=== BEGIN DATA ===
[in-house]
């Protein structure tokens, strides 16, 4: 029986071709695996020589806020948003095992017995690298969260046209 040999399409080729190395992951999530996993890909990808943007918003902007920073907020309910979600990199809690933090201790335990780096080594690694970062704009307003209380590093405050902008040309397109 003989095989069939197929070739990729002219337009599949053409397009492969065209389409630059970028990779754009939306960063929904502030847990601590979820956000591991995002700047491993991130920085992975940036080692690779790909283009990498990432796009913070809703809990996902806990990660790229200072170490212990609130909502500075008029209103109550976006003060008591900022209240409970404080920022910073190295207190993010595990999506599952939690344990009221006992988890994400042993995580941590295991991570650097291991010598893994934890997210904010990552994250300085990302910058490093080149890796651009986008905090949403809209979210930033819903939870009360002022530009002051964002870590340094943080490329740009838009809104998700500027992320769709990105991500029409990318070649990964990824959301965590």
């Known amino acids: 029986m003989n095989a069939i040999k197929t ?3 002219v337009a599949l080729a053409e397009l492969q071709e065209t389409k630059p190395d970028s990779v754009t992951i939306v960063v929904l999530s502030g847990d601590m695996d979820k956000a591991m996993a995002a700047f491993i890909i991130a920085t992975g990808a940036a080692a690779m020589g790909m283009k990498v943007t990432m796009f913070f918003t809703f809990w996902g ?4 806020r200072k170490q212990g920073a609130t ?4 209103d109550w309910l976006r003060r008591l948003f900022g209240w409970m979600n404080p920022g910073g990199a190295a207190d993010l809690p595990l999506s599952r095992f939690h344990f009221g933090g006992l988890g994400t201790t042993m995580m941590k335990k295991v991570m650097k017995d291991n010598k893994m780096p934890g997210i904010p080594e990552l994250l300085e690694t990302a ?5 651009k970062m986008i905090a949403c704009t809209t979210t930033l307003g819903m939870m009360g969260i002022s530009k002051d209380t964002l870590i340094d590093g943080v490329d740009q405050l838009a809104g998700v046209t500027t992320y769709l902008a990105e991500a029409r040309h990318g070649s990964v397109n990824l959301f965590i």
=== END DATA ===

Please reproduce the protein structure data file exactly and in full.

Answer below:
[in-house]
């Protein structure tokens, strides 16, 4: 029986071709695996020589806020948003095992017995690298969260046209 040999399409080729190395992951999530996993890909990808943007918003902007920073907020309910979600990199809690933090201790335990780096080594690694970062704009307003209380590093405050902008040309397109 003989095989069939197929070739990729002219337009599949053409397009492969065209389409630059970028990779754009939306960063929904502030847990601590979820956000591991995002700047491993991130920085992975940036080692690779790909283009990498990432796009913070809703809990996902806990990660790229200072170490212990609130909502500075008029209103109550976006003060008591900022209240409970404080920022910073190295207190993010595990999506599952939690344990009221006992988890994400042993995580941590295991991570650097291991010598893994934890997210904010990552994250300085990302910058490093080149890796651009986008905090949403809209979210930033819903939870009360002022530009002051964002870590340094943080490329740009838009809104998700500027992320769709990105991500029409990318070649990964990824959301965590």
């Known amino acids: 029986m003989n095989a069939i040999k197929t ?3 002219v337009a599949l080729a053409e397009l492969q071709e065209t389409k630059p190395d970028s990779v754009t992951i939306v960063v929904l999530s502030g847990d601590m695996d979820k956000a591991m996993a995002a700047f491993i890909i991130a920085t992975g990808a940036a080692a690779m020589g790909m283009k990498v943007t990432m796009f913070f918003t809703f809990w996902g ?4 806020r200072k170490q212990g920073a609130t ?4 209103d109550w309910l976006r003060r008591l948003f900022g209240w409970m979600n404080p920022g910073g990199a190295a207190d993010l809690p595990l999506s599952r095992f939690h344990f009221g933090g006992l988890g994400t201790t042993m995580m941590k335990k295991v991570m650097k017995d291991n010598k893994m780096p934890g997210i904010p080594e990552l994250l300085e690694t990302a ?5 651009k970062m986008i905090a949403c704009t809209t979210t930033l307003g819903m939870m009360g969260i002022s530009k002051d209380t964002l870590i340094d590093g943080v490329d740009q405050l838009a809104g998700v046209t500027t992320y769709l902008a990105e991500a029409r040309h990318g070649s990964v397109n990824l959301f965590i």